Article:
There are also a number of double, triple and group portraits in the exhibition, including a fantastic ‘Surrealist Chessboard’ from 1934. In this piece 20 portraits of the leading Surrealists, with alternating black and white backgrounds, are placed alongside each other to form a pattern present not only in the alternating backgrounds but in the men’s hairstyles and outfits, a rhythm Ray owes to the immaculate style of the 1930s.

The effortless style of Man Ray’s sitters is one of the things that makes his work so aesthetically pleasing, and gives a strong sense of the society of the time. Even outside of the fashion pieces portraits like that of Le Corbusier (1930) in his trademark round glasses and bowtie are almost painfully stylish, painful because they are an unconscious product of the time.

Period interest is one of the main attractions to this exhibition, and the quantity of famous figures portrayed is phenomenal, stretching far beyond the plastic arts. Key figures from all the various cultural strands of the early 20th century are shown, a few have already been mentioned but other big hitters include James Joyce and Aldous Huxley (both coincidentally shielding their bad eye from the camera, elsewhere another monocular Modernist, Tristram Tzara, shows his bruise unabashedly at the camera), Virginia Woolf, Coco Chanel, Igor Stravinsky, Erik Satie, Gertrude Stein & Alice B. Toklas, Henry Miller, Peggy Guggenheim and later in Ray’s career wonderful colour portraits of the French singers Juliette Greco and Yves Montand. All this alongside dozens of portraits of the famous painters and sculptors of the day.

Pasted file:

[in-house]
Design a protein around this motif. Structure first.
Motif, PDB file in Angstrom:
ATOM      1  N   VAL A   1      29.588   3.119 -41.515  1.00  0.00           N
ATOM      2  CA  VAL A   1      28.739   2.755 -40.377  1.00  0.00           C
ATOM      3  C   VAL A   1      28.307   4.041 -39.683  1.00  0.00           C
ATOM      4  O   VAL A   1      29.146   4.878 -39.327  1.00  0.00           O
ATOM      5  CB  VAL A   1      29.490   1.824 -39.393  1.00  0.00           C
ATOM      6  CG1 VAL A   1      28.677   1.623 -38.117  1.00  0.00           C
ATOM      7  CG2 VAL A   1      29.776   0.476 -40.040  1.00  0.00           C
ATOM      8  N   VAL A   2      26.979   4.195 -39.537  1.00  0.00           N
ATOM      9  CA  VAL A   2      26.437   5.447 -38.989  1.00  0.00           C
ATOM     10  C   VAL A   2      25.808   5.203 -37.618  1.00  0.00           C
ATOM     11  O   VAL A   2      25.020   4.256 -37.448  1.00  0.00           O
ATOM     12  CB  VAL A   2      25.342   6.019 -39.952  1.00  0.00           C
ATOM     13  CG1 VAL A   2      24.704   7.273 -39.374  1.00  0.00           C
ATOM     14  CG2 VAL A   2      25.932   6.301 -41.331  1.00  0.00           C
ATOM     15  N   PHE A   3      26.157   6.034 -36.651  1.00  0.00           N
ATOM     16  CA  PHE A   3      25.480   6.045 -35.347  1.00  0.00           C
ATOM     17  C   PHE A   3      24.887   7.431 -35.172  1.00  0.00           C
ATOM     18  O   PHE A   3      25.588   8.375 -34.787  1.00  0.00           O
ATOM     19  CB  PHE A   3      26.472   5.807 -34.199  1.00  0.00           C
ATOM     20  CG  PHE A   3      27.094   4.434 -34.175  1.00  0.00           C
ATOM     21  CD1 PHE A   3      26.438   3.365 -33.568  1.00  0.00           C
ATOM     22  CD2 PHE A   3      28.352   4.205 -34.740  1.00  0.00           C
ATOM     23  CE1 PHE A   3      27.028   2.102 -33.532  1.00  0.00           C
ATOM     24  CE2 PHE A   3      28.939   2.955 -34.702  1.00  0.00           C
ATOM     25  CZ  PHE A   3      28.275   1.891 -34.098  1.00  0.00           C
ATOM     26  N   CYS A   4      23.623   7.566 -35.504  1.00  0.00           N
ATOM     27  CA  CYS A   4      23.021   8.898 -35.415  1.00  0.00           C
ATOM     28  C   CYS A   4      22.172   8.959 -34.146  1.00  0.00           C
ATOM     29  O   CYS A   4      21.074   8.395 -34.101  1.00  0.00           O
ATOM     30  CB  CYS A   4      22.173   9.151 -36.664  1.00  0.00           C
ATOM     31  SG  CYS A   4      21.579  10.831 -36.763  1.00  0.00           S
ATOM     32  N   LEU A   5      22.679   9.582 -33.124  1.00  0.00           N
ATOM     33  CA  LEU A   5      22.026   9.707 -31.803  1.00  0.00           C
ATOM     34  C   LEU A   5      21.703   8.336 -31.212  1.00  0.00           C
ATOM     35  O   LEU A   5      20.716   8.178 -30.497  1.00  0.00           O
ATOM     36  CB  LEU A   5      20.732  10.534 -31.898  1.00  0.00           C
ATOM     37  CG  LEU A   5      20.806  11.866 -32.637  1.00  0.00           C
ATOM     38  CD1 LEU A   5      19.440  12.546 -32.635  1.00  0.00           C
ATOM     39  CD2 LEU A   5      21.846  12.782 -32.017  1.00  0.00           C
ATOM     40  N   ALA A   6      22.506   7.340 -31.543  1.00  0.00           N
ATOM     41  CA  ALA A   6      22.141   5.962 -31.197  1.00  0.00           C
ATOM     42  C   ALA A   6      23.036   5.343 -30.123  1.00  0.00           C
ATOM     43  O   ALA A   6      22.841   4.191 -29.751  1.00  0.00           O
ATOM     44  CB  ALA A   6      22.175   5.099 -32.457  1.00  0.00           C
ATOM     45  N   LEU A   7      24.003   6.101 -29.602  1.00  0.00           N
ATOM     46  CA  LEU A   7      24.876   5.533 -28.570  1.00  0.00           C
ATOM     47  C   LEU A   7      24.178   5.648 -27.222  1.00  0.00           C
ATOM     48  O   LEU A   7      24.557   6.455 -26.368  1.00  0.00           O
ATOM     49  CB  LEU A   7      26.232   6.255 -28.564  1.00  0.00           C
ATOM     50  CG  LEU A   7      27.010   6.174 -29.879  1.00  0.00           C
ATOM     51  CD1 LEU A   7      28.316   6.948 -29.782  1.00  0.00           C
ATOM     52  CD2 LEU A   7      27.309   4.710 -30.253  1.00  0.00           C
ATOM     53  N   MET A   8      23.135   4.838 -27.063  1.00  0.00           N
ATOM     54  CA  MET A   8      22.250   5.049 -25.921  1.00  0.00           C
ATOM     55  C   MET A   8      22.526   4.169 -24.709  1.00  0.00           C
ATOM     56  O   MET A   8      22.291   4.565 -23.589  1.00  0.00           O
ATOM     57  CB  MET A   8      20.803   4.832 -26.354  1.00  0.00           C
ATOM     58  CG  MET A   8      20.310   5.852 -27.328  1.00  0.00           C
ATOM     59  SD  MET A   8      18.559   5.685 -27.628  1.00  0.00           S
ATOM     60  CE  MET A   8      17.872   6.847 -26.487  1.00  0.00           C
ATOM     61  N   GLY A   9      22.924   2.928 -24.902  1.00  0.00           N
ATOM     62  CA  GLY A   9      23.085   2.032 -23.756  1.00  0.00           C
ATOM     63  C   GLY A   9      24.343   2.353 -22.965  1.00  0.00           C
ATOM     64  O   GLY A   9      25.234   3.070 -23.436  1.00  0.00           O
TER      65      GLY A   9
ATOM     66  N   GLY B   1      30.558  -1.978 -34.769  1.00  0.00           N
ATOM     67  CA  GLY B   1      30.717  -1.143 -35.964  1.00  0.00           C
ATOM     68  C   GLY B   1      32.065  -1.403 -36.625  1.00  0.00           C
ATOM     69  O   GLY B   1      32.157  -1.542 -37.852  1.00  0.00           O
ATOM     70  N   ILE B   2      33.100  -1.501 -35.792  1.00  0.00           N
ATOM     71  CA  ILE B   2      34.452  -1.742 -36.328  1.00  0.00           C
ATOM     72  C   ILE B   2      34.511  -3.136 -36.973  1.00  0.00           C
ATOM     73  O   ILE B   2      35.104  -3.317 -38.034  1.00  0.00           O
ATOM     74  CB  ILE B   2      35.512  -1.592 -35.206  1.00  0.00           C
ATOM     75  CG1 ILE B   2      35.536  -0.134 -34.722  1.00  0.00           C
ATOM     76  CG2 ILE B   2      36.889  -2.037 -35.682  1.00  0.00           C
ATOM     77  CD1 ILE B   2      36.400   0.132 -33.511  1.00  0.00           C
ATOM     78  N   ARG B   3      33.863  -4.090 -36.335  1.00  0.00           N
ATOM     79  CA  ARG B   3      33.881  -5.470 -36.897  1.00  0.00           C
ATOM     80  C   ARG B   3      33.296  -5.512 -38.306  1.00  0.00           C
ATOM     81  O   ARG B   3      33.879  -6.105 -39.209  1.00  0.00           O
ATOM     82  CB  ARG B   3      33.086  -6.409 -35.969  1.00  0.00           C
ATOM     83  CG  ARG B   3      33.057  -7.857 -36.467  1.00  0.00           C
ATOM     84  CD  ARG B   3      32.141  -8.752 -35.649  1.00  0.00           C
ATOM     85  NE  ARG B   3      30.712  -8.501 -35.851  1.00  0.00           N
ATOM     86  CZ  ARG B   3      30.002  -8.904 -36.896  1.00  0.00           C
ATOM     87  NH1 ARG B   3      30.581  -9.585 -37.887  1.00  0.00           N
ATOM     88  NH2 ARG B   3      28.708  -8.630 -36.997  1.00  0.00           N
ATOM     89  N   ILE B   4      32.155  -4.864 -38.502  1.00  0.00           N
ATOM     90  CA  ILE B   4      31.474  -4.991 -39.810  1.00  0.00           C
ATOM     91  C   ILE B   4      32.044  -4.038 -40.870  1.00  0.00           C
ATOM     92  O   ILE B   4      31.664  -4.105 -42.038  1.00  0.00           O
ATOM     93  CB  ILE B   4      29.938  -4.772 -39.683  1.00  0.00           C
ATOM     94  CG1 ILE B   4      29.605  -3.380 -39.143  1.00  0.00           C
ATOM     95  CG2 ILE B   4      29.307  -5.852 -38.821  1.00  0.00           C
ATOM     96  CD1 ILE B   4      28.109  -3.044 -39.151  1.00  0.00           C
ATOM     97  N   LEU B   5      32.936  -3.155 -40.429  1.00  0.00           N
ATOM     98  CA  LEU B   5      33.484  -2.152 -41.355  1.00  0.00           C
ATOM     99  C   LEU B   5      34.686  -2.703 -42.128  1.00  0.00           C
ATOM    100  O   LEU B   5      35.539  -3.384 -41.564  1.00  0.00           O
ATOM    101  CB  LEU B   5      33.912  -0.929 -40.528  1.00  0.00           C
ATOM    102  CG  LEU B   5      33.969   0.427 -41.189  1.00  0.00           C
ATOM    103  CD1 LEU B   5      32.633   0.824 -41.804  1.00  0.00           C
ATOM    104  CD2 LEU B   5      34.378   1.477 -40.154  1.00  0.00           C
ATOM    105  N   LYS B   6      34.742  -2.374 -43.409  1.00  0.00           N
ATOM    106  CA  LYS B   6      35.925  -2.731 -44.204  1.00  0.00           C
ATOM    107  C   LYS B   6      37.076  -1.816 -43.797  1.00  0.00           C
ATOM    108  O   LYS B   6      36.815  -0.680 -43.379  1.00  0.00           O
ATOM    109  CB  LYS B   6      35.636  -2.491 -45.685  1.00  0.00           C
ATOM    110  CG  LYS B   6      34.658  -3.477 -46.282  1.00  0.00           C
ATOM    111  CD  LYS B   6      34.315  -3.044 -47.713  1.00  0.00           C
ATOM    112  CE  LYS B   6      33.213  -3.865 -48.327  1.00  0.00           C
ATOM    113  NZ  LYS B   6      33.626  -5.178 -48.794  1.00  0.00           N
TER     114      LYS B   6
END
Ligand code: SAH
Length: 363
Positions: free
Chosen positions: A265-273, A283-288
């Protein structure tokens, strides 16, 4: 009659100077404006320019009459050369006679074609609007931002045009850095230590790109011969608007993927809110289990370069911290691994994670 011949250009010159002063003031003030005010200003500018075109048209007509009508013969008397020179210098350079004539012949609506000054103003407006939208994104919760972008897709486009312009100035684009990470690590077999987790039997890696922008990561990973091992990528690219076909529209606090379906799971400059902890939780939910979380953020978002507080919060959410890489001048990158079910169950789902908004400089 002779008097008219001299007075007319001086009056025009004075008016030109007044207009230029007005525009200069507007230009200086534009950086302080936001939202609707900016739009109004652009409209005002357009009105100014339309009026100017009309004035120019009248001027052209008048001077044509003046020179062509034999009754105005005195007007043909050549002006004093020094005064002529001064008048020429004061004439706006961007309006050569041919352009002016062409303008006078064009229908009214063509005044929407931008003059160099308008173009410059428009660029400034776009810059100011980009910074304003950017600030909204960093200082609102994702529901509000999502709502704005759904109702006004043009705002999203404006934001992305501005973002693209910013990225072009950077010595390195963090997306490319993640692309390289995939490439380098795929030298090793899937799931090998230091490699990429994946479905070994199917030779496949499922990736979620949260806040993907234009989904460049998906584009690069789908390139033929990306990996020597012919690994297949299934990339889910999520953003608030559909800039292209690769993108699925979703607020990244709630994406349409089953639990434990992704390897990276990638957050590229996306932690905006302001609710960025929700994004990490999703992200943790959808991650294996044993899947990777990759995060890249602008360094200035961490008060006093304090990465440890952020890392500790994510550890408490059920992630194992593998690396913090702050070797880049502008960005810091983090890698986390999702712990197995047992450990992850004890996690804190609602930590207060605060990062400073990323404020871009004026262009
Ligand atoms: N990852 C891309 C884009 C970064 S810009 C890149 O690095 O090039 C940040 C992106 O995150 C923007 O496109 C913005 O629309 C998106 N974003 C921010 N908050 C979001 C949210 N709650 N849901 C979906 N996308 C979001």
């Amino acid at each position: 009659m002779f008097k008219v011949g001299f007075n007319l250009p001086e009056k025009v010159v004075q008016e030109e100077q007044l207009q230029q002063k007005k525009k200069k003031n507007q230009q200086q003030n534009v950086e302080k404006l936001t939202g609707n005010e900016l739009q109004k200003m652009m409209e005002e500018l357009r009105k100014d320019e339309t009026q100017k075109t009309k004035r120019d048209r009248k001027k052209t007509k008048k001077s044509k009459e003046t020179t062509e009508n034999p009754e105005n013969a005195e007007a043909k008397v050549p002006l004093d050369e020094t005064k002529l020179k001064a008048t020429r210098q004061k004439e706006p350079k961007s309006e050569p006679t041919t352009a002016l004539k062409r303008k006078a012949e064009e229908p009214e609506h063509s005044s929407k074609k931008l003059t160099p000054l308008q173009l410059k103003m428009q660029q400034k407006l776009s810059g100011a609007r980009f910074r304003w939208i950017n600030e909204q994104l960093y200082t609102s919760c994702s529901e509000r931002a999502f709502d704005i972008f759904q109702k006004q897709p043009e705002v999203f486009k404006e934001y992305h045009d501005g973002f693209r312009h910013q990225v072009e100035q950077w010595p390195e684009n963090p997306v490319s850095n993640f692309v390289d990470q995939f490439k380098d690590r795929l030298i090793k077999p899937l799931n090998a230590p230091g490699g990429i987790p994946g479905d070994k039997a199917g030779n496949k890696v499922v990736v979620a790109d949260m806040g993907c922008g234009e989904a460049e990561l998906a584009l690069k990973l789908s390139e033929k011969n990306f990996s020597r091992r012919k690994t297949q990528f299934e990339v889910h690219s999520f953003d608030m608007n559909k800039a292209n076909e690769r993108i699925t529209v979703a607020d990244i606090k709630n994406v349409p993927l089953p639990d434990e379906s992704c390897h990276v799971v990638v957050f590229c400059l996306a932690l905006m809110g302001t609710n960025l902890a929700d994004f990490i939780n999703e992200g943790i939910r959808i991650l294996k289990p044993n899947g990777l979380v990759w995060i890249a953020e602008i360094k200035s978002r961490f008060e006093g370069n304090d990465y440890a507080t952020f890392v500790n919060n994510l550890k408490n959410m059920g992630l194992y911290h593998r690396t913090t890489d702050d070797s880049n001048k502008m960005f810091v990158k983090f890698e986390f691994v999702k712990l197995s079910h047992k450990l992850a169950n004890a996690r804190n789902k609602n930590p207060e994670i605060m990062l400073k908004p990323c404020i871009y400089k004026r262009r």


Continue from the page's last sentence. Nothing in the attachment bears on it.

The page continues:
In fact arguably this exhibition is just as much about the culture of early 20th century Paris as it is about the work of one artist. This aspect is apparent both in the group portraits and the more candid shots such as that of Robert Delaunay, stepping out of his house casually posing with a pipe, or Andre Derain sat behind the wheel of a monstrous Bugatti type 43.

Despite the extensive range of the exhibition sadly some of Ray’s best shots are absent. One such is the portrait of Francis Picabia from 1922, who like Derain was shown behind the wheel of a car. In this photo, Picabia wears the doubtful gaze of a man of slipping reputation, his worried eyes contrast with his firm grip on the steering wheel, a grip which gains extra significance considering his (at some points almost literal) love for machines.

The exhibition also does not feature any of Man Ray’s portraits of the semi-hermetic Constantin Brancusi, who he befriended in the late 1920s. Brancusi, who was sceptical about all modern technology and only consented to a portrait some years after Ray first approached him, was photographed wearing a bizarre shaped bowler hat, full beard and with a huge white dog on his lap – more Romanian peasant than Modernist pioneer. Though it would have been nice to seen these pictures in the originals, reproductions of both portraits appear in Ray’s autobiography Self Portrait (Penguin Books, 2012) which is available in the exhibition shop.

Man Ray: Portraits spans five decades and features hundreds of pieces by one of Modernism’s great documenters. Though there are no examples of Man Ray’s works in other fields, his portraits alone suffice to establish him as one of the greatest American artists of all time. Not only this but they provide a fascinating insight into one of history’s most concentrated cultural hotspots, Paris in the 1920s and 30s…its lucky that someone remembered to bring a camera.

Until May 27. Visit the exhibition website here